Jefferson Cowie (JC): Academic disciplines and their subfields are always in some kind of “crisis,” it seems, but for labor history that crisis is pretty real. If I were to look into the future, the best hope might be the turn toward the “History of Capitalism.” I know it brings students into the classroom and sexes things up a bit (see what’s going on at Harvard) but I’m afraid that it is too totalizing of a framework, one that reifies or naturalizes its subject to the point that conflict, politics, work, unions, and the rest of what we do will be reduced, at best, to occasional colorful appendages to the flows of capital and commodities. In short, while we need to rethink labor history, I fear this move might sacrifice the soul of what’s best of our enterprise.
Scott Nelson (SN): Jeff and I were both trained at University of North Carolina – me in the 1980s and him in the 1990s. Leon Fink (our advisor) pushed us to take classes outside of the framework of straight-up labor history. I remember classes like “capitalism and slavery”, “workers in the world”, “The Americas”, and “Intellectuals and Social Action” (some team-taught with anthropologists, historians and political scientists).
This was great fun for me as an activist and a labor historian, though I found both mainstream economics and social theory difficult. After comprehensive exams when I went back to teaching and TAing our bread-and-butter classes — the US history survey and the labor history survey — I got kinda bored. That’s why I found the idea of a history of capitalism course so exciting. I taught it as “history of American capitalism” this semester and I confess that I like to have a contentious mix of activists, libertarians, and Wall Street wannabes in the class. I also had a former Goldman Sachs bond trader (now a finance professor) in the classroom. It is definitely different from teaching a class on globalization or politics of food or labor & the left (the other sidetrips for labor historians). Is there less labor? Certainly. But I feel like I end up doing many of the same themes: craft production to assembly line, scientific management, populist-labor fusion, Fordism, and the New Deal. But I also have to explain net-present-value and liquidity traps. I have been accused of being a lapsed labor historian, but I would endorse confronting what I would have (20 years ago) called the dark side.
JC: I completely agree with Scott’s (and Leon’s) demand for a more holistic perspective on our field. Labor History does damage to itself and, more importantly, the study of history in general if it is isolated from the rest of the field. Scott’s own work is a testament to breadth.
Yet some of what Scott lays out above brings to mind a problem that I think is under-recognized: the degree to which the success of the field generated it’s own crisis. As I wrote elsewhere, the LH disciples have often gone off to form their own congregations, leaving us with little more than the old orthodoxy:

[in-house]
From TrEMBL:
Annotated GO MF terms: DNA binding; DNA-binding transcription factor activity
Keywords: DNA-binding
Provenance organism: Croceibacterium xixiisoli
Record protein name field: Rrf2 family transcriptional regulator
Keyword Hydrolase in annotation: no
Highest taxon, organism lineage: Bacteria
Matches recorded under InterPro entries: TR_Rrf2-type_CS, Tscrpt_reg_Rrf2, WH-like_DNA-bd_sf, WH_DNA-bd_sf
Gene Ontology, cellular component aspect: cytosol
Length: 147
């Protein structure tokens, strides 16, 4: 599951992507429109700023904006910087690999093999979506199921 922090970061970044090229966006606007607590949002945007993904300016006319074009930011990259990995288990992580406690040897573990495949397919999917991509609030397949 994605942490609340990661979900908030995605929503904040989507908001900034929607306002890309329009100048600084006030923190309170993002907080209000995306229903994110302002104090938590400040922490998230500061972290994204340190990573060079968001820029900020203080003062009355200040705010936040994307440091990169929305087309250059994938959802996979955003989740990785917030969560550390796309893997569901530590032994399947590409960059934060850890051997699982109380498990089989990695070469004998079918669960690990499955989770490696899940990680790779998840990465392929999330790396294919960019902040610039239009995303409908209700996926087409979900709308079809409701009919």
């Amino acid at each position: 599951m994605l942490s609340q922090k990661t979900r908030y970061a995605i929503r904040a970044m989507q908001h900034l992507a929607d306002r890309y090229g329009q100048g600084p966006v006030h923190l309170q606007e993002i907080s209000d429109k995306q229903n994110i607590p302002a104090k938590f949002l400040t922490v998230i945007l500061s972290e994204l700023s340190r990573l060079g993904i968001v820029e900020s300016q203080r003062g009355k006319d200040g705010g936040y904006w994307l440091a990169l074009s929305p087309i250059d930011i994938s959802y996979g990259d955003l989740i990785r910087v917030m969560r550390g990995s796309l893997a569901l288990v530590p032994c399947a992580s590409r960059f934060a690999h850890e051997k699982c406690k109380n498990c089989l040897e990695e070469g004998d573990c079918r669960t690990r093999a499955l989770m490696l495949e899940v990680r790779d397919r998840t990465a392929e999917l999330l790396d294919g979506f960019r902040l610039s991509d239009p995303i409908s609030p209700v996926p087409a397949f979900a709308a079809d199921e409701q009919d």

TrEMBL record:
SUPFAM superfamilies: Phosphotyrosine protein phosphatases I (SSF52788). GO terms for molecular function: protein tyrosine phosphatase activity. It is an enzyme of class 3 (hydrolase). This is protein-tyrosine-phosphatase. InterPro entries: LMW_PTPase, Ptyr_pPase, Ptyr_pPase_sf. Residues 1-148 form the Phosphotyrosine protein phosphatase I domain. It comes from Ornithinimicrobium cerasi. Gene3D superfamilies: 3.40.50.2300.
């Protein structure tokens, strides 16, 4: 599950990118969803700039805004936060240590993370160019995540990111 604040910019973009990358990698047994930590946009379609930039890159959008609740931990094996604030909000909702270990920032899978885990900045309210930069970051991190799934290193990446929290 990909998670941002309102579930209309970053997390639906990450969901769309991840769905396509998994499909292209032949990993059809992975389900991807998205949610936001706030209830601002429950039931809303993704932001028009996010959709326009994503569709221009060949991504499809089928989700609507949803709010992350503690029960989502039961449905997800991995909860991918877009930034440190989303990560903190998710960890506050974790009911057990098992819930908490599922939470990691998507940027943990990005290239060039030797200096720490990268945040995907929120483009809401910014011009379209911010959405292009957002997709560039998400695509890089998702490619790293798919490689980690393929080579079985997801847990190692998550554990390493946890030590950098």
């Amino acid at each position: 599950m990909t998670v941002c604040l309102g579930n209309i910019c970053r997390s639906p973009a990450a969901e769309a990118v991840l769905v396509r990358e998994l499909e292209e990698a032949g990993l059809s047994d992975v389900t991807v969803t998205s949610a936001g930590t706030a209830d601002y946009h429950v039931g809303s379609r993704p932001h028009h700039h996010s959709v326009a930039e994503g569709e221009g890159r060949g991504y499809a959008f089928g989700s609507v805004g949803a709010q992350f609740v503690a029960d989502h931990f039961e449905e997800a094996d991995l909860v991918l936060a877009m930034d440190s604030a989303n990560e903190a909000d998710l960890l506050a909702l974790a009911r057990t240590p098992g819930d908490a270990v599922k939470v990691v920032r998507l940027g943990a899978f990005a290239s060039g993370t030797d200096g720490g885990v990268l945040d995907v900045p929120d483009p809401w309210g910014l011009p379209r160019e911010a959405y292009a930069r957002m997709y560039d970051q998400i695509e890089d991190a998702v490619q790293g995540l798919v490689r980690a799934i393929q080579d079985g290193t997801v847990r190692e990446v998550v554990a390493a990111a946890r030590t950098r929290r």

often overlooked is the fact that labor history is also a victim of its own intellectual successes. To be interested in the “new” labor history” back in the day of my advisor’s advisor, Herbert Gutman, was to be involved in debates and research on ethnicity, slavery, race, immigration, colonization, community history, and women’s history; in fact, the entire field of social history seemed to sprout from the soil first plowed by the new labor history. Those fields now flourish with their own journals, their own conferences, their own debates. “Labor history,” I fear, is now left with only the boring institutional stuff of the sort that may not be all that relevant to understanding many of the problems of today.
So our purview certainly needs to be widened. An overdependence on institutional labor history is a dead end—and it’s also “boring” as Scott says. The term “labor” now seems as buried and ossified as dinosaur bones. But the term “History of Capitalism” seems less useful to me than that old rubric “political economy” or what might be available with a simple modifier like “capitalism and conflict.”
So, although I can’t find a way to fight the incoming tide, I’m still uncomfortable with just how dangerously naturalizing this might be, especially for undergraduates who think “everything has always been thus,” and that there’s little hope of change. HoC does not even take into account what some call the “varieties of capitalism.” I fear the whole thing has a bit of a Fukuyamian whiff to me.
SN: Like Jeff, I’m not a fan of the term HoC, and I agree that we have to teach it in a way that’s not totalizing or assumes that capitalism is somehow natural. We’d be reinscribing the Louis Hartz book, The Liberal Tradition in America, which along with Stanley Elkins were the most loathed history books of social historians a generation before us. I don’t think institutional labor history is fully dead, and digging up metaphorical bones is what we do best as historians. But as for being totalizers, yes, I think we can safely say that all of American history is really labor history. If history is the mother of all the disciplines, then labor history is the grandma. We just need to get the whole world to sign their cards.